Of all pains, the greatest pain,
Is to love, and to love in vain.
Is to love, and to love in vain.
A year ago, I wrote an article (Of Romantic Rejection and Pain) on how the experience of heartache is not only symbolic but also real. A study by Nathan DeWall and his colleagues from University of Kentucky has shown through fMRI scans that emotional pain like being romantically rejected affects the same primary brain regions as that of physical pain.
But is it all in the brain? I am no stranger to rejections, socially or romantically. And I know what rejection feels like - sometimes it is like your heart is being crushed by a hand, and on other times, it feels like your heart is being pricked by thorns. So one might ask, is your heart just a muscle for pumping blood, and if so, is being heartbroken only symbolic?
Current research published in Psychological Science (August 2010) by Bregtje Moor, Eveline Crone and Maurits van der Molen of the University of Amsterdam and Leiden University in the Netherlands investigated if rejection affects the parasympathetic nervous system, which in turns, slows the heart rate.
Participants were asked to submit a portrait photograph of themselves weeks prior to the experiment and were led to believe that other individuals of the same age would look at the photos and decide whether they liked the person or not.
A few weeks after, each volunteer came to the laboratory. They had wires placed on their chest for an electrocardiogram while they view 120 photos of different faces they didn’t know. For each face, they were asked to guess whether that person liked them or not (a social judgment task). Afterwards, they were told whether the person actually “liked” them or not. But unknown to the participants, the feedback was a randomly computer generated response.
Also, to determine if social rejection really slows the heart drastically compared to other feedback, the participants were asked to judge whether the person in the photograph was 21 years of age or older (an age judgment task). Feedback was also given if participants accurately predicted the age of the other person.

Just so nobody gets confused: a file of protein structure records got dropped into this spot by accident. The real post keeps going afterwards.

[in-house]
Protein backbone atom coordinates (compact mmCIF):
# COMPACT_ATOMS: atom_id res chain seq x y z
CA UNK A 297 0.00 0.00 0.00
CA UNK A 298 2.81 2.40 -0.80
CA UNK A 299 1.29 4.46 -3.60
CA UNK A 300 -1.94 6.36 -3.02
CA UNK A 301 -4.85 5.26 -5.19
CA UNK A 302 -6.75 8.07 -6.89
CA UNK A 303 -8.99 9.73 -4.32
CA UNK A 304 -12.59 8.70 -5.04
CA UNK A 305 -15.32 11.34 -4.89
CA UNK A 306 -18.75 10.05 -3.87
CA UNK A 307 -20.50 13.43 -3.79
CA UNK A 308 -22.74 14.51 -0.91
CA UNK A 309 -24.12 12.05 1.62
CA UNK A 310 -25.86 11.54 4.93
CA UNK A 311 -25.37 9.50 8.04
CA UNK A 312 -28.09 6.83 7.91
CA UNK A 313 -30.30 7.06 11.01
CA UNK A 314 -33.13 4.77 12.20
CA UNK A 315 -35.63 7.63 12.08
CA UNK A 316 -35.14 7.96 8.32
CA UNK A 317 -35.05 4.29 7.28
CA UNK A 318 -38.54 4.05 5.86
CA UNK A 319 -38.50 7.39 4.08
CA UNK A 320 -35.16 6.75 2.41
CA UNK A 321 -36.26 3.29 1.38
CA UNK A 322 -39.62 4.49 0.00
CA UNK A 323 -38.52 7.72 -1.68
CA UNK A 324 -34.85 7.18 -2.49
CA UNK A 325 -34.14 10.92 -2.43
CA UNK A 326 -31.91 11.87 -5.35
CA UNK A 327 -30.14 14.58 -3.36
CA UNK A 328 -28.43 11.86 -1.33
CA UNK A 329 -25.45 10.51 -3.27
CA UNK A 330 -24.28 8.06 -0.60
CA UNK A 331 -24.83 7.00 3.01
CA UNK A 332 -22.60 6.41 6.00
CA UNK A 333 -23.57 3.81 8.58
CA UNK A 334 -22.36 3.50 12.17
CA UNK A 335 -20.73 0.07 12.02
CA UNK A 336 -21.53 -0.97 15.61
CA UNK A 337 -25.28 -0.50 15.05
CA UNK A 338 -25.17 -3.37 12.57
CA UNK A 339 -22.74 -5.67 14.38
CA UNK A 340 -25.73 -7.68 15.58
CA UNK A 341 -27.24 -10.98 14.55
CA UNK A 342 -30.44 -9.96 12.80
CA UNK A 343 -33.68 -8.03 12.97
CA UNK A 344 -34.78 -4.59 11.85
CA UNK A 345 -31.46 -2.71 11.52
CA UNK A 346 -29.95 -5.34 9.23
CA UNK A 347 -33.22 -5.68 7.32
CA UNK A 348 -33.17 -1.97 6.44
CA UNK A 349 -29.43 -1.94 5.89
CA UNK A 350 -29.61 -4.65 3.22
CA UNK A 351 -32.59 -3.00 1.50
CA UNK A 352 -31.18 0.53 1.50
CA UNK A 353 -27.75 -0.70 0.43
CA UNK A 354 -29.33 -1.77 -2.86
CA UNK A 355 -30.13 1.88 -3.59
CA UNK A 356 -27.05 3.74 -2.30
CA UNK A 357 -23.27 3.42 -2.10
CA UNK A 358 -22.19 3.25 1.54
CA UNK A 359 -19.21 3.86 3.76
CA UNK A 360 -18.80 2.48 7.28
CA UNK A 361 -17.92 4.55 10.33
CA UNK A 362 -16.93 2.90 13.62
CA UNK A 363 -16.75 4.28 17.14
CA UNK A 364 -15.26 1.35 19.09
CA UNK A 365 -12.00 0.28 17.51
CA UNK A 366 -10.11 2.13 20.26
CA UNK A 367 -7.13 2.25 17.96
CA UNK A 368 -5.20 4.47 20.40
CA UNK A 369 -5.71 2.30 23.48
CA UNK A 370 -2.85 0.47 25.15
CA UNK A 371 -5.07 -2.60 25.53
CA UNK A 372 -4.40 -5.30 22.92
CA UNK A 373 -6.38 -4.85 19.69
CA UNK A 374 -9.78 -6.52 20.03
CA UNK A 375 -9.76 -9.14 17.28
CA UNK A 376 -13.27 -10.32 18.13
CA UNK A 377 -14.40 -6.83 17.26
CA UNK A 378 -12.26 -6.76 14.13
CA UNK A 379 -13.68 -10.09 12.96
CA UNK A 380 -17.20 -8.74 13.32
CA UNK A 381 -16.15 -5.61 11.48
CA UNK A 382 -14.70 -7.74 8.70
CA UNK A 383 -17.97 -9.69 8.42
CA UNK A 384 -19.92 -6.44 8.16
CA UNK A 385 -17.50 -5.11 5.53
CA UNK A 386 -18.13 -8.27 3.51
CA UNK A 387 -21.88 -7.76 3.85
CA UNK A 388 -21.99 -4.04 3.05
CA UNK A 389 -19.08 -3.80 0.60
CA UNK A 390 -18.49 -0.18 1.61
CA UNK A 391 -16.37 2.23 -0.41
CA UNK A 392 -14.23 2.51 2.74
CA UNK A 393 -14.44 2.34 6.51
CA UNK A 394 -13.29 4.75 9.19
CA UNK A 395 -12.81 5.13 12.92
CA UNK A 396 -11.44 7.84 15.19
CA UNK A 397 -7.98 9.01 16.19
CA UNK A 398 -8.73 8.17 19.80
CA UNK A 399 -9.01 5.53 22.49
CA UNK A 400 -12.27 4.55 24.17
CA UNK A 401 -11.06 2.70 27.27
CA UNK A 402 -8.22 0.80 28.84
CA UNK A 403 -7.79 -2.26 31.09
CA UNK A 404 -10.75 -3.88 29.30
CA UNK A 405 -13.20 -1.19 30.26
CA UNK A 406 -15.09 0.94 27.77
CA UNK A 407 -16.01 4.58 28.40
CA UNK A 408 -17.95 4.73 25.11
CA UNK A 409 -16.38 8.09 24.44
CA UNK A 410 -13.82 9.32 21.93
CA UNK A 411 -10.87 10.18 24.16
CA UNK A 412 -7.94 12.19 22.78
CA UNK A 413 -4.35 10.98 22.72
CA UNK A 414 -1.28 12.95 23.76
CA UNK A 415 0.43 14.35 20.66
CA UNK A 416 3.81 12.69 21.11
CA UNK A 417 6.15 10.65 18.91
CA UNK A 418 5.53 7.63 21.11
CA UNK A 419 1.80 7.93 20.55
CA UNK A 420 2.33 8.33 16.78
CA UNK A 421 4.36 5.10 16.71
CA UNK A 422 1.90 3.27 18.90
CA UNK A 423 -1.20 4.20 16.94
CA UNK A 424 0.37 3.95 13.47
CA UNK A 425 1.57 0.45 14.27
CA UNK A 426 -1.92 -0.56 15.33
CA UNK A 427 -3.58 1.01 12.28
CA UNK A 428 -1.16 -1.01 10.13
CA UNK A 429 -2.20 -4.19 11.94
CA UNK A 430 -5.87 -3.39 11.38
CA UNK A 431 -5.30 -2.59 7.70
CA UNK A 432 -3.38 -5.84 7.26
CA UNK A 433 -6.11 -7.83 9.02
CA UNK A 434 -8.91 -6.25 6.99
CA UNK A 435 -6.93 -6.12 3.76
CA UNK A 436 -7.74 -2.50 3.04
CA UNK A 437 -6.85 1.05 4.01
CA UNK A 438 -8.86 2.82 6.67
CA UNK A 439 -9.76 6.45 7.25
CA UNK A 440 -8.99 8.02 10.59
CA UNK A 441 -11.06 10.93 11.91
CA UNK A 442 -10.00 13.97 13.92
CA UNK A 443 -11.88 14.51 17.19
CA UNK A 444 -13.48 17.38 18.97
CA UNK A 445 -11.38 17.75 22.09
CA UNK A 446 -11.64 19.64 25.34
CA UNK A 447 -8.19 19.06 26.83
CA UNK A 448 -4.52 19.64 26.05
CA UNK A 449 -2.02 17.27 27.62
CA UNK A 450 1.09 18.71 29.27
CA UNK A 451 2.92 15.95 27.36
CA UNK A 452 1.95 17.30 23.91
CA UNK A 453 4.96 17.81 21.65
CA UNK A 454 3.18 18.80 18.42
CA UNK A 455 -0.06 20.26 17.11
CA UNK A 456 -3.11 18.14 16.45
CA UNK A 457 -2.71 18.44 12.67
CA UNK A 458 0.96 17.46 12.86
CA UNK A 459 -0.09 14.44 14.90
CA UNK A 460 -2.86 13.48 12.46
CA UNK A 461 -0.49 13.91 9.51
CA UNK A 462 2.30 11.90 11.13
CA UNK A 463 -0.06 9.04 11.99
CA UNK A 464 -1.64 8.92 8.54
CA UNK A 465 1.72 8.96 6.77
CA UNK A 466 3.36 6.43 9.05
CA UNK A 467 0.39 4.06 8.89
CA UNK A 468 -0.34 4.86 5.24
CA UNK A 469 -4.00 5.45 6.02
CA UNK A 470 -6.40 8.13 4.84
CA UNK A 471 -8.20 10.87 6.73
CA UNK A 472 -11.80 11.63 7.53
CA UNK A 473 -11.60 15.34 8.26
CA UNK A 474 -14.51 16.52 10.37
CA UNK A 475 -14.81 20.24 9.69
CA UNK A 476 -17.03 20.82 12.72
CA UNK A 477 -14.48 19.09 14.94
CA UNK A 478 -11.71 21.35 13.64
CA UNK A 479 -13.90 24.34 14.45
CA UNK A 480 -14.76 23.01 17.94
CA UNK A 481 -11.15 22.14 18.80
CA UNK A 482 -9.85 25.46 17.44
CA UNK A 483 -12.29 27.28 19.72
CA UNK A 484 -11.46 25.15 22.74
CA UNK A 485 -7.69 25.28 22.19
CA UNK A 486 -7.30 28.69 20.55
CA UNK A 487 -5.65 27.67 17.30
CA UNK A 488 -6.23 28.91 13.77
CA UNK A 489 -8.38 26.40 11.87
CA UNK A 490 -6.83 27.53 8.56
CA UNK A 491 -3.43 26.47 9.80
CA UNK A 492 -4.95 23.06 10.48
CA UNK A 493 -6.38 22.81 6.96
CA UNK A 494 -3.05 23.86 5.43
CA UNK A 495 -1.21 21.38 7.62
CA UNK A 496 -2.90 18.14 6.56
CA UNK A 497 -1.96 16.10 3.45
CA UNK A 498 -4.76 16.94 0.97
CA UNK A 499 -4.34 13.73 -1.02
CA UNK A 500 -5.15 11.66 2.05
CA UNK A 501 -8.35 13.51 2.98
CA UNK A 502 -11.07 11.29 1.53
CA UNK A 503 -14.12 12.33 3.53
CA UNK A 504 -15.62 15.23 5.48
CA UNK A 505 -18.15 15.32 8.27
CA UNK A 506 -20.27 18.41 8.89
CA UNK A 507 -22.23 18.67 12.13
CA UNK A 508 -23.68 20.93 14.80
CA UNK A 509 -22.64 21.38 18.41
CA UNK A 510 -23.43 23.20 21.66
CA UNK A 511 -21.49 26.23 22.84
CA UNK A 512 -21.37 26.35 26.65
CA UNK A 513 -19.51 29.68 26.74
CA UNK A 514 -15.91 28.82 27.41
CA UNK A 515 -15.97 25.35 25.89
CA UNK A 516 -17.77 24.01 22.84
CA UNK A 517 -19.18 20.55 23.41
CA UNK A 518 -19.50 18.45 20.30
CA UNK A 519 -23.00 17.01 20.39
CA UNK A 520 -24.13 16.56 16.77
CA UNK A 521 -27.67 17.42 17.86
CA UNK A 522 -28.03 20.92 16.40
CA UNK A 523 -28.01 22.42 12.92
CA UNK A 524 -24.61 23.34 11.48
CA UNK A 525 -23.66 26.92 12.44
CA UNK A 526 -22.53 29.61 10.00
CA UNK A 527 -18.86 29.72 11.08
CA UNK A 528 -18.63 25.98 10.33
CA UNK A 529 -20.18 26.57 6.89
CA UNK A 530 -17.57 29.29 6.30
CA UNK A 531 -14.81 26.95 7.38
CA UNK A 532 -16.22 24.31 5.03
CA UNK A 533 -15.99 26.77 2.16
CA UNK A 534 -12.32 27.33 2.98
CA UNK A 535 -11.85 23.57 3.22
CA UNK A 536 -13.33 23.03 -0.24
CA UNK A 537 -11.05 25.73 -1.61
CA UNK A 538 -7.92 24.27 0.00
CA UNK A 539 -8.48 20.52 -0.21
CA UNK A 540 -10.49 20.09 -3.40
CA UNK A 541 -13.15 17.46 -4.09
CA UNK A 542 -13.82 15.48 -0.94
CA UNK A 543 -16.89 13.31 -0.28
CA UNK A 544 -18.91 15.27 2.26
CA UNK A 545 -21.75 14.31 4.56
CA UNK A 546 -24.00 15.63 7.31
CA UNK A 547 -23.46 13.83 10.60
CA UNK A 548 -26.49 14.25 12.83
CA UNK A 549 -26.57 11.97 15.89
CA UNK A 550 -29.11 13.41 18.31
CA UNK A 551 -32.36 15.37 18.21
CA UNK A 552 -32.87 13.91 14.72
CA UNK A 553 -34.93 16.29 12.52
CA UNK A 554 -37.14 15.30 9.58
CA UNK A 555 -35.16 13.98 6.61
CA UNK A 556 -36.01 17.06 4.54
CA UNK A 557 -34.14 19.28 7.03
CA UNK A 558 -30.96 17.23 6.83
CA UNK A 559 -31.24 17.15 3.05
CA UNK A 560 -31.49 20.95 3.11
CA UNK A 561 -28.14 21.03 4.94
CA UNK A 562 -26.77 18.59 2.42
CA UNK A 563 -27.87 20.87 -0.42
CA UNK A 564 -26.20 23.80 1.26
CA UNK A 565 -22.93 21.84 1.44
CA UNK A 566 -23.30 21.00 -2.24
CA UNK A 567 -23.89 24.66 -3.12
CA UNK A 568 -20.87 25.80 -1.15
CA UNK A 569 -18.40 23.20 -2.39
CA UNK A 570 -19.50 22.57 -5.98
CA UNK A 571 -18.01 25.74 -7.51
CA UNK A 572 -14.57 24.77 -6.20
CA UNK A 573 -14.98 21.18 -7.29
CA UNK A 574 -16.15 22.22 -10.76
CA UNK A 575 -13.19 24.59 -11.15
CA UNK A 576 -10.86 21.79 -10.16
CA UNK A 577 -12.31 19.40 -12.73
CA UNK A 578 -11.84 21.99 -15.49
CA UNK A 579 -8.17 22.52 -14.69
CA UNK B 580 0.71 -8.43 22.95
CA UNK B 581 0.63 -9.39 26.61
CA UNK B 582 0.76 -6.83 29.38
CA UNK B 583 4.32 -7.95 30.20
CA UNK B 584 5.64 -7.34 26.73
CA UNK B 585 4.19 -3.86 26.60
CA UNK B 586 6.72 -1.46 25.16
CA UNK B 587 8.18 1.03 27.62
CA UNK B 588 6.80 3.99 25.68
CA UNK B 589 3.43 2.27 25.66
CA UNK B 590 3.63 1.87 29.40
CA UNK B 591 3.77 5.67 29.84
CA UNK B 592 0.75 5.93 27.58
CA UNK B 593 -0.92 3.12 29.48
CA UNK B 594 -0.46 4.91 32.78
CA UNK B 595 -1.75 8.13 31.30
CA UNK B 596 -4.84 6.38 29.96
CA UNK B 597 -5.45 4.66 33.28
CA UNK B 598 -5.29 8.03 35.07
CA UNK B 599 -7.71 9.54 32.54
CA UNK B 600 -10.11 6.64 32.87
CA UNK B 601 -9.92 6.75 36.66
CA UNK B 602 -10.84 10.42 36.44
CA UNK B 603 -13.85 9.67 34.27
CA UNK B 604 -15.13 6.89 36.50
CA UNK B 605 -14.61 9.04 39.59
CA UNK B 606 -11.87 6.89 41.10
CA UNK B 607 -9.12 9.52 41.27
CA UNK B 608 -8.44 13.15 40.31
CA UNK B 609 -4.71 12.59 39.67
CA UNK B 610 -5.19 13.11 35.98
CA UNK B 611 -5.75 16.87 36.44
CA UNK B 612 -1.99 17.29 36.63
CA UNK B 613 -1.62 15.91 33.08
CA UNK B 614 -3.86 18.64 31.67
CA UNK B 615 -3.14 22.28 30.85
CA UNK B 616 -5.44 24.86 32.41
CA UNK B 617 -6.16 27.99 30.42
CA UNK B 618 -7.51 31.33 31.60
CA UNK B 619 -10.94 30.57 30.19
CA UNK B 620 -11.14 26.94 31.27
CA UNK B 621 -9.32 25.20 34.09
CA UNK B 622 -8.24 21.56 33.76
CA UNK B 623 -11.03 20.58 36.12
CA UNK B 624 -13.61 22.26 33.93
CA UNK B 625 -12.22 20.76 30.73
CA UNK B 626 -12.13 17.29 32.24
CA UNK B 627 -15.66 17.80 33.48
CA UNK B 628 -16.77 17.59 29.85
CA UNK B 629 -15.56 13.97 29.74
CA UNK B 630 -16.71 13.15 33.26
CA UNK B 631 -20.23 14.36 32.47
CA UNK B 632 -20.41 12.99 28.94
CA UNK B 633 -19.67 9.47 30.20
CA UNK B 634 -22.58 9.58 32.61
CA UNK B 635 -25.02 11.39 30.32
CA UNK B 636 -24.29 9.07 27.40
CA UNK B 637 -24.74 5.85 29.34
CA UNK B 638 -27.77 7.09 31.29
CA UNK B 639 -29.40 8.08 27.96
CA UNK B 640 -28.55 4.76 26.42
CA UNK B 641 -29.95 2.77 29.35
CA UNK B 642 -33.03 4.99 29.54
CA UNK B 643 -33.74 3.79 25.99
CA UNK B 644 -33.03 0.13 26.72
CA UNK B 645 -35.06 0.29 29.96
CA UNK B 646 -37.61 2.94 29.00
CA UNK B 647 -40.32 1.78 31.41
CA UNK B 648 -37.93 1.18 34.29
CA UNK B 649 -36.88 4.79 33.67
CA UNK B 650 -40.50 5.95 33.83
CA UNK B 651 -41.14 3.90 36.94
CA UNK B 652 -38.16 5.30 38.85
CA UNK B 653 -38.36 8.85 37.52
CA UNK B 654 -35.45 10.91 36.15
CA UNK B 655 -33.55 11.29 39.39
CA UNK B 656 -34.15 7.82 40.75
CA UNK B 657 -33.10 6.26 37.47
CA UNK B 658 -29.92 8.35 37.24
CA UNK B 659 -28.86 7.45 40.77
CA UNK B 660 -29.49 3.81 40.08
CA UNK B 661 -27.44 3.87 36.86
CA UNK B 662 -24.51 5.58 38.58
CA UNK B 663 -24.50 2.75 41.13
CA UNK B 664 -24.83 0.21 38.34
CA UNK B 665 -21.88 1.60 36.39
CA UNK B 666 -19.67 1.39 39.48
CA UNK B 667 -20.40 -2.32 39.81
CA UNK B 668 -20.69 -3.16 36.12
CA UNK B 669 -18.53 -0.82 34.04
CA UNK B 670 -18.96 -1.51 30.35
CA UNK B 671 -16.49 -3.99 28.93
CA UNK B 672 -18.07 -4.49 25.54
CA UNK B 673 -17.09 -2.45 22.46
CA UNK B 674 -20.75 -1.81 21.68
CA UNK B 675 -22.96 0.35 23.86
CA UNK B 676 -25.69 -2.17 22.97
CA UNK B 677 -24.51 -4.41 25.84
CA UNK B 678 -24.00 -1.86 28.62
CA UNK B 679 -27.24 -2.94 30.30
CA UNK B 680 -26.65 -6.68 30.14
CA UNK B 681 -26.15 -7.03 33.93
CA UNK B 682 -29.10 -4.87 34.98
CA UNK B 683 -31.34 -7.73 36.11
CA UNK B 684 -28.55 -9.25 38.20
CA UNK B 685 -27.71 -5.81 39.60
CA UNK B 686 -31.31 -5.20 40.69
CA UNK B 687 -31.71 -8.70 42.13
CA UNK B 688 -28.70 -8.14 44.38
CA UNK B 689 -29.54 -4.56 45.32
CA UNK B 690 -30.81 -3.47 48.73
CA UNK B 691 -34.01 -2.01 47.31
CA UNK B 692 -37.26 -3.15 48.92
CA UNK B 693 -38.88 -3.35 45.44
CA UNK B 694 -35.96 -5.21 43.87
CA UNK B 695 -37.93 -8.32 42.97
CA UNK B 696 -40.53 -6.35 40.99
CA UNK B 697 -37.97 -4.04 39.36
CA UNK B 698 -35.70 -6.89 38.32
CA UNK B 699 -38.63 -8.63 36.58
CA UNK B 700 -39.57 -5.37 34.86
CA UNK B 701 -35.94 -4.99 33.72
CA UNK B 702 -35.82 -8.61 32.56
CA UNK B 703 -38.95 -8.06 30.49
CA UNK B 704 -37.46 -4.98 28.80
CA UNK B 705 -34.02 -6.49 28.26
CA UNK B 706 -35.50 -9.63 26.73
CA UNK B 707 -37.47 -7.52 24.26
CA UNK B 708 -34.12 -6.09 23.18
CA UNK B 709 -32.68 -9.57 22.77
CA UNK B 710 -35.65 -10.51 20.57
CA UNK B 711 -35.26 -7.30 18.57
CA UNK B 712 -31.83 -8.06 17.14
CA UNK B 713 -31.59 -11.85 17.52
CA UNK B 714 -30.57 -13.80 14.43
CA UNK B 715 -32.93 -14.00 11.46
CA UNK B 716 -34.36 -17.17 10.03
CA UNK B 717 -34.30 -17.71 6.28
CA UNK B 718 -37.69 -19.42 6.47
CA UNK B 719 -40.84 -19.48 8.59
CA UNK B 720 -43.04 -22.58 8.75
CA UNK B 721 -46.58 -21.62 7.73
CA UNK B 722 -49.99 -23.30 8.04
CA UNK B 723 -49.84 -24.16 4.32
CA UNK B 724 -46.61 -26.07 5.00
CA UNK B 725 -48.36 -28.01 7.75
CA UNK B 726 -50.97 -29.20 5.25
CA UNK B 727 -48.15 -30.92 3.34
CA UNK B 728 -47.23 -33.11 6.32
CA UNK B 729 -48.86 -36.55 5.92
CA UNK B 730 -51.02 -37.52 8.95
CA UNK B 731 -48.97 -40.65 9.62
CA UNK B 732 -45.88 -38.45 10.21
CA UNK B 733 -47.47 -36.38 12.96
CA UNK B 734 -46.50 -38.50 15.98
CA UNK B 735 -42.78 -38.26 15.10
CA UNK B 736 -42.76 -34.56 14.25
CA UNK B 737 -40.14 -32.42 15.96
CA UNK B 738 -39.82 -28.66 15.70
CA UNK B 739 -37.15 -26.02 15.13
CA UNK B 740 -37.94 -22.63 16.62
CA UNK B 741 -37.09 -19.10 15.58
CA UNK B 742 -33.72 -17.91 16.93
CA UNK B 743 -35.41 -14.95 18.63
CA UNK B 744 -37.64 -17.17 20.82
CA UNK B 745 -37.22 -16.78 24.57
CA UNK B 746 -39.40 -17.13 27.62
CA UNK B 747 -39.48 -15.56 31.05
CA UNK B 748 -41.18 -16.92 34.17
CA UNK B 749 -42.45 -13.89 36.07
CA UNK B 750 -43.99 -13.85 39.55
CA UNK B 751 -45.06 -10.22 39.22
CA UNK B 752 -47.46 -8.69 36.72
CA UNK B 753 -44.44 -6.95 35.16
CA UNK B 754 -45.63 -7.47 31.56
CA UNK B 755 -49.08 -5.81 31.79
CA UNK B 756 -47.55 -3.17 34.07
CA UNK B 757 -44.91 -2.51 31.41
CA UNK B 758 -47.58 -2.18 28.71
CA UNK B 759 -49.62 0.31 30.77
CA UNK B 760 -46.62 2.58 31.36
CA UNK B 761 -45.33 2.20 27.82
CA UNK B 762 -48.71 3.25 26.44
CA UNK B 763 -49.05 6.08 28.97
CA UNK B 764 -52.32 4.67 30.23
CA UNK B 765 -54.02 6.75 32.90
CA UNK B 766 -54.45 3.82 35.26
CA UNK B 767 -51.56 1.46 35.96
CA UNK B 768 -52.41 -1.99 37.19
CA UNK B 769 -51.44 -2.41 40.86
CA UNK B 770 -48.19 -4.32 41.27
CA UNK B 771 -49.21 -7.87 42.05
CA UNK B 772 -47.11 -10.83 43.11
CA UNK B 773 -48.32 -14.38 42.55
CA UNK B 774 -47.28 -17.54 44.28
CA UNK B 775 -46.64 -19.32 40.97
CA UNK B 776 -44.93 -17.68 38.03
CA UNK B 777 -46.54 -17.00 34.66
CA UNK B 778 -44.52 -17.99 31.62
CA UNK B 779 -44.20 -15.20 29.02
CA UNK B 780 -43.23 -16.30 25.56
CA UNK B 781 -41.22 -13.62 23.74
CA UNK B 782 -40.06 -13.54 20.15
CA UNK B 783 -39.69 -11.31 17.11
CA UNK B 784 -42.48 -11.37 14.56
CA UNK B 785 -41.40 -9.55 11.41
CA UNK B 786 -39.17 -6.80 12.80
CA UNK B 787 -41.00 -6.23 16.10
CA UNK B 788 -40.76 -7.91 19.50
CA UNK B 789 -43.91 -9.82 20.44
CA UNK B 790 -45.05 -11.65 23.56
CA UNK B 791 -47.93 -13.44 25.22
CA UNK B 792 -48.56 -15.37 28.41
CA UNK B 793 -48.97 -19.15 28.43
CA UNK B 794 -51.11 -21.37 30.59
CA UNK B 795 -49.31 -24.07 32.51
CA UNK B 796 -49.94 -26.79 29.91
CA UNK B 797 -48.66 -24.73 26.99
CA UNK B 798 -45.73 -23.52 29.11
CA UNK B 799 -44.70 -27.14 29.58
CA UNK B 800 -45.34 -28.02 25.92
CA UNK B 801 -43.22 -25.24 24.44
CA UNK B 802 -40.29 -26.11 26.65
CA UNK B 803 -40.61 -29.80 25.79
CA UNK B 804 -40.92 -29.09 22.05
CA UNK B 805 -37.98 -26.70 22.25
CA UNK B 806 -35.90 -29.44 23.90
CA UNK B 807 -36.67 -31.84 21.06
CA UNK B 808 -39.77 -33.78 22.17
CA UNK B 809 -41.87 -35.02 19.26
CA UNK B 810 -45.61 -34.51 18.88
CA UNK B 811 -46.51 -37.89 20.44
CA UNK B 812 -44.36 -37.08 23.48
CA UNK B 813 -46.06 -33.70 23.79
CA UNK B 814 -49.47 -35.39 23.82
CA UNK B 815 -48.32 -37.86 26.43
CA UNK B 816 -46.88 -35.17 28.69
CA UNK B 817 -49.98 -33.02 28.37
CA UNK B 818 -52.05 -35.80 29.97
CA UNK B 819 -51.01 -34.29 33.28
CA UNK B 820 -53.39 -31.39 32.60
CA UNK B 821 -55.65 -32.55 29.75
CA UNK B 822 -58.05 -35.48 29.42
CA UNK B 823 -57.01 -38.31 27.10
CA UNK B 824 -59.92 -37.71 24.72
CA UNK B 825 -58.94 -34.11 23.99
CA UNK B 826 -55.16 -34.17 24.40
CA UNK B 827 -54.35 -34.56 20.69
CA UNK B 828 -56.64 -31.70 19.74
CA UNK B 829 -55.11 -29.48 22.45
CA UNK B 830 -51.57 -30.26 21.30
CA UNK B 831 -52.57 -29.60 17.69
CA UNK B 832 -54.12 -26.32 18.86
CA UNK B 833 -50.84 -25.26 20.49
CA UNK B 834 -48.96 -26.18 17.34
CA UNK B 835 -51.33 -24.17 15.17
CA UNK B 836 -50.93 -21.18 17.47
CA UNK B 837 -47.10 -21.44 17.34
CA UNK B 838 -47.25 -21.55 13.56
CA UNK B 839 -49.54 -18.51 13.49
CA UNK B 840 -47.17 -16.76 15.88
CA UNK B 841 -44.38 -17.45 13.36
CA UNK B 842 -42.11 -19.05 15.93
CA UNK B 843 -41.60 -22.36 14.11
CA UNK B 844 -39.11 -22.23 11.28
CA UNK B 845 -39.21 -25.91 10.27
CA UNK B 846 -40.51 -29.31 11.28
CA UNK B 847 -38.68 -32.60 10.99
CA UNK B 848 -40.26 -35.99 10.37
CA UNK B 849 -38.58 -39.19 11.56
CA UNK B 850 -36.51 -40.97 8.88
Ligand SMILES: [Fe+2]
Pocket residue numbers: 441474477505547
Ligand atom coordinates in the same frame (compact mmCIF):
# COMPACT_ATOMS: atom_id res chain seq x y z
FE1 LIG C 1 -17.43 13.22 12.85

Results have shown that in any feedback, participants’ heart rates slow down but recover back to baseline very quickly. But when given negative feedback (like when participants wrongly guessed the age of the person in the picture), the recovery was delayed.
But when they were told the person in the photograph didn’t like them, the heart rate dropped further and was slower to get back up to the usual rate. Furthermore, participants exhibit a pronounced heart rate slowing - the authors are saying that in effect, a “heartbrake” – when participants expected that the other person likes them!
Thus, UNexpected rejection brakes the heart more than expected rejection!
Then I asked, how does one love: to love with abandon or to love hesitatingly (half expecting to be rejected)?
Although this deserves another blog entry, I know that some hearts are adventurous, some hearts are fearful. Some hearts are resilient, some hearts are exhausted. But one thing I am sure of love - either successful or jilted - love is not for the weak of heart.
Moor, B., Crone, E., & Van der Molen, M. (2010). The heartbrake of social rejection: Heart Rate deceleration in response to unexpected peer rejection. Psychological Science, 21(9), 1326-1333. (Download article here).